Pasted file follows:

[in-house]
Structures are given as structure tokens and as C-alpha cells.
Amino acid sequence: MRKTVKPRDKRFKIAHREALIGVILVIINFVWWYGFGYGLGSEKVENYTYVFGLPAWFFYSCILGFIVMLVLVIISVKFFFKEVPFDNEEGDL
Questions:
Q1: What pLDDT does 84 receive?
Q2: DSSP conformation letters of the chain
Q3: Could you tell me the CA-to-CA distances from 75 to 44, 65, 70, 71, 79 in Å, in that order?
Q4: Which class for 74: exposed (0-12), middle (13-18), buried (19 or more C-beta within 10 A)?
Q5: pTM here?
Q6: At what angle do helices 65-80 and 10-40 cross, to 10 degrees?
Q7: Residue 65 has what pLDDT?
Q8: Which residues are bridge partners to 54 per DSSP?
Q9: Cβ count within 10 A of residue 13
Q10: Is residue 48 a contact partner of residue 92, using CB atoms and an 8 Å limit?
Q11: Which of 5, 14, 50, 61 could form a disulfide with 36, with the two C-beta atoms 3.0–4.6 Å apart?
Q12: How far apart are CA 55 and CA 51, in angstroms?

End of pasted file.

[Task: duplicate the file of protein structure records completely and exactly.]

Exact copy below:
[in-house]
Structures are given as structure tokens and as C-alpha cells.
Amino acid sequence: MRKTVKPRDKRFKIAHREALIGVILVIINFVWWYGFGYGLGSEKVENYTYVFGLPAWFFYSCILGFIVMLVLVIISVKFFFKEVPFDNEEGDL
Questions:
Q1: What pLDDT does 84 receive?
Q2: DSSP conformation letters of the chain
Q3: Could you tell me the CA-to-CA distances from 75 to 44, 65, 70, 71, 79 in Å, in that order?
Q4: Which class for 74: exposed (0-12), middle (13-18), buried (19 or more C-beta within 10 A)?
Q5: pTM here?
Q6: At what angle do helices 65-80 and 10-40 cross, to 10 degrees?
Q7: Residue 65 has what pLDDT?
Q8: Which residues are bridge partners to 54 per DSSP?
Q9: Cβ count within 10 A of residue 13
Q10: Is residue 48 a contact partner of residue 92, using CB atoms and an 8 Å limit?
Q11: Which of 5, 14, 50, 61 could form a disulfide with 36, with the two C-beta atoms 3.0–4.6 Å apart?
Q12: How far apart are CA 55 and CA 51, in angstroms?